While many here at Red Line have been riding before it was cool (Tim Kerrigan Jr. is an AHDRA Pro Fuel Champion), we were quick to get on the Buell® bandwagon, dating back to the late ’90s. We like the Sportster® style engines and road racing style with an American flare. Technically, some of the engine and specifically transmission tips aren’t focused to this community so we will try to spread a bit of our knowledge here.
Our pals at Hal’s Speed Shop in New Berlin, Wisconsin (www.halspa.com) enjoy these bikes, too. Hal’s have a lot of experience modifying them for drag racing, road racing, and street bikes, too. They have been a huge technical resource for Red Line over the years and back up our fantastic success with Lightweight ShockProof® (which closely replicates the slightly-lighter 80W Motorcycle Gear Oil with ShockProof®).
Rob Schopf from Hal’s reminds us that they prepped many 5-speeds in Buells and 883 for road racing, spotting accelerated wear on the main drive gear and the 5th gear on the countershaft. Lightweight ShockProof® eliminated this. Rob says, “If the fluid fixed this on the race bikes, it should keep the street-ridden bikes going for quite some time.” H-D improved the design when they went to a high-contact/ fine-tooth gear patch on later bikes (versus the older, wide teeth).
Hal’s reminds that the biggest performance gains comes from freeing up drag and resistance will free up power—ShockProof gear oils have the lowest coefficient of friction of anything we blend and more than most on the market. It’s one step of many details to make sure your bike runs at its best.
The latest Sportster examples (2006-2009) are much improved in the gearbox department, as they no longer puff oil out the breathers. They’d better be, as its hard to check the transmission wear in later bikes—the “trap door” which you used for access is no longer around, so you have to split the cases to see inside. Important note: Red Line does not recommend running V-Twin Transmission Oil or Heavy Shockproof in a Sportster/Buell transmission. Always remember to warm up your bike before draining or changing the gear oil, since that ensures that you get the most complete flush out of the transmission.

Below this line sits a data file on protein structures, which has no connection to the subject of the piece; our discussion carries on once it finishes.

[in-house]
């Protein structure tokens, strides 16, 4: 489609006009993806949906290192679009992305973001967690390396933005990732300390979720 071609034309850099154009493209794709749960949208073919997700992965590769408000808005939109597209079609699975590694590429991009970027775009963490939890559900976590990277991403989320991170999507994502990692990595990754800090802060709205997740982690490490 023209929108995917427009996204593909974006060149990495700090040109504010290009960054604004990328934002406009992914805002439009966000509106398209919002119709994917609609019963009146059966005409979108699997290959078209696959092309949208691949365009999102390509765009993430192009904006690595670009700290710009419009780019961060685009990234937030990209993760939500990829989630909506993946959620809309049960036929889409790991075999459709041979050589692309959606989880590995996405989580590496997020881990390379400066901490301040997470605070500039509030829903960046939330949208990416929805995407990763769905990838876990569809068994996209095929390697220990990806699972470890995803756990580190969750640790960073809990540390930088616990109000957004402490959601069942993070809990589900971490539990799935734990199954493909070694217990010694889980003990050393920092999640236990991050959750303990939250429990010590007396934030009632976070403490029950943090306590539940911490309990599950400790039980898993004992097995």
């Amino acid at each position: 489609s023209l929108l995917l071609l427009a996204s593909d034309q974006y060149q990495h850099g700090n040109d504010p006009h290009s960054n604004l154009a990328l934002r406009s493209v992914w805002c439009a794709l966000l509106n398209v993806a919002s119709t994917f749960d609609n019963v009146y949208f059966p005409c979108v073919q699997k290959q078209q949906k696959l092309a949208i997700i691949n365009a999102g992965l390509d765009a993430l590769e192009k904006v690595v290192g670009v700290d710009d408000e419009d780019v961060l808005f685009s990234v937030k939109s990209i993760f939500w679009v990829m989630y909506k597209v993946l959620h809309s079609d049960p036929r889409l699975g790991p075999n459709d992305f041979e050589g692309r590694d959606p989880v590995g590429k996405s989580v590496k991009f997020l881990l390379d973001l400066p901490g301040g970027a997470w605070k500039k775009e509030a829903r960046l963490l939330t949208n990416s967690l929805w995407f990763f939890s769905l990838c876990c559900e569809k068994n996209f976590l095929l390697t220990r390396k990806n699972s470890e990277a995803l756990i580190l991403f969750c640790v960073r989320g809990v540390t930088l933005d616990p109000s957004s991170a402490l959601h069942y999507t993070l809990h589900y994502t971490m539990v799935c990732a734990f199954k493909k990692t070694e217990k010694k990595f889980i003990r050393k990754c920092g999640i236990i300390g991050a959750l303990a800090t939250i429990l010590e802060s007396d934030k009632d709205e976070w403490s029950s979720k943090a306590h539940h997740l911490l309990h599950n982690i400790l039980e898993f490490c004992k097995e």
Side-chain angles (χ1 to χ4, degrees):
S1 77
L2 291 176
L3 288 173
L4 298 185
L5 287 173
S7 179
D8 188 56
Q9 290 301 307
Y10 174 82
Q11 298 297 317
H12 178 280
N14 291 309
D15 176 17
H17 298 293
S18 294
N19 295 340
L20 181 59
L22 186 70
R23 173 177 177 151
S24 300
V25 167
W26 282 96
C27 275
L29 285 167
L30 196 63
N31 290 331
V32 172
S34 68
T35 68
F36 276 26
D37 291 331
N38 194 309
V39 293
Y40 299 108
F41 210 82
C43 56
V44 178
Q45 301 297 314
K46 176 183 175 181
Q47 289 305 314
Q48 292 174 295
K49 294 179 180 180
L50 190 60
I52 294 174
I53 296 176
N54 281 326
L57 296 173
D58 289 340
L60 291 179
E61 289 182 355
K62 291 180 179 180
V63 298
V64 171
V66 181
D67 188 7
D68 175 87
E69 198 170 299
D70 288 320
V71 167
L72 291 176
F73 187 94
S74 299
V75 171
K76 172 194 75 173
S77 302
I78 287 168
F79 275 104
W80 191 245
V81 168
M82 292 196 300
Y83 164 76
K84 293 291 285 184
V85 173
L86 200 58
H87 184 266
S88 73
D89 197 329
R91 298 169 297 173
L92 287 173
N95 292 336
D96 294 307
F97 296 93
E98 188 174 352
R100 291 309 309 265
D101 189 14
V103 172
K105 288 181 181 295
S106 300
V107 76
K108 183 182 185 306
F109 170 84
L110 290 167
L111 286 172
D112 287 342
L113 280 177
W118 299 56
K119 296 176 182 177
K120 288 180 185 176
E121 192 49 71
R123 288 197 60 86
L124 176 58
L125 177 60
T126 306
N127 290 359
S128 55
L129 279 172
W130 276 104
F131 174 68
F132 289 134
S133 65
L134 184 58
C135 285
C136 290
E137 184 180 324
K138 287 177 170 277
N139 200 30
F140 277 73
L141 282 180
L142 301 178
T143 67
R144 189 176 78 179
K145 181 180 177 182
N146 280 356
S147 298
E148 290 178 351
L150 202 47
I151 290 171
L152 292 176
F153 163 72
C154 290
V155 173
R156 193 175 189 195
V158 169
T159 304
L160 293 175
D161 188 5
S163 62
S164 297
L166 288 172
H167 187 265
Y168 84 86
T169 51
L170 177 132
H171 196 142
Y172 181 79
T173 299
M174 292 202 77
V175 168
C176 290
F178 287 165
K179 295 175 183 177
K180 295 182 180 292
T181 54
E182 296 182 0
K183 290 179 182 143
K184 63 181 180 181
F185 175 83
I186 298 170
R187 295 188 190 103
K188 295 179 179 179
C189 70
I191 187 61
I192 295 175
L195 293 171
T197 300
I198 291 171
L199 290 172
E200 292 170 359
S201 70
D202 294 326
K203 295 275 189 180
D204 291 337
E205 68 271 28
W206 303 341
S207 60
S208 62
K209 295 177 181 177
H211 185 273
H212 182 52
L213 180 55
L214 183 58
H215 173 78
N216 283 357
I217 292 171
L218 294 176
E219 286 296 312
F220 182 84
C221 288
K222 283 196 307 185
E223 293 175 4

THE EASY PART
The good news is that getting an American V-Twin’s primary case lubricated is easier than the engine or transmission, as its chain and clutch combination is served by Red Line’s MTL® gear oil. MTL features the balanced friction you would need to make a synchronized shift in a car—this lack of slipperiness is a great match to a wet clutch like in a V-Twin.
We now package this fluid as V-Twin Primary Case Oil, too. This product’s balanced friction and light viscosity provides excellent clutch operation with low drag for reduced power losses—the fluid is a 70W80 GL-4 gear oil, but it features the stable ester base stocks that ensure consistent film strength over a wide range of temperatures.
Simply put: Don’t lug your bike if you want to keep the primary chain and clutch in order. In 2007, the 96-inch engines started coming with a spring-loaded, automatic chain tensioner. When lugged, this design can combine with the bike’s tall gear ratio to ratchet the chain too tight, causing heat-soaked parts to wear—here, we hope you’ve switched to a our Primary Case fluid.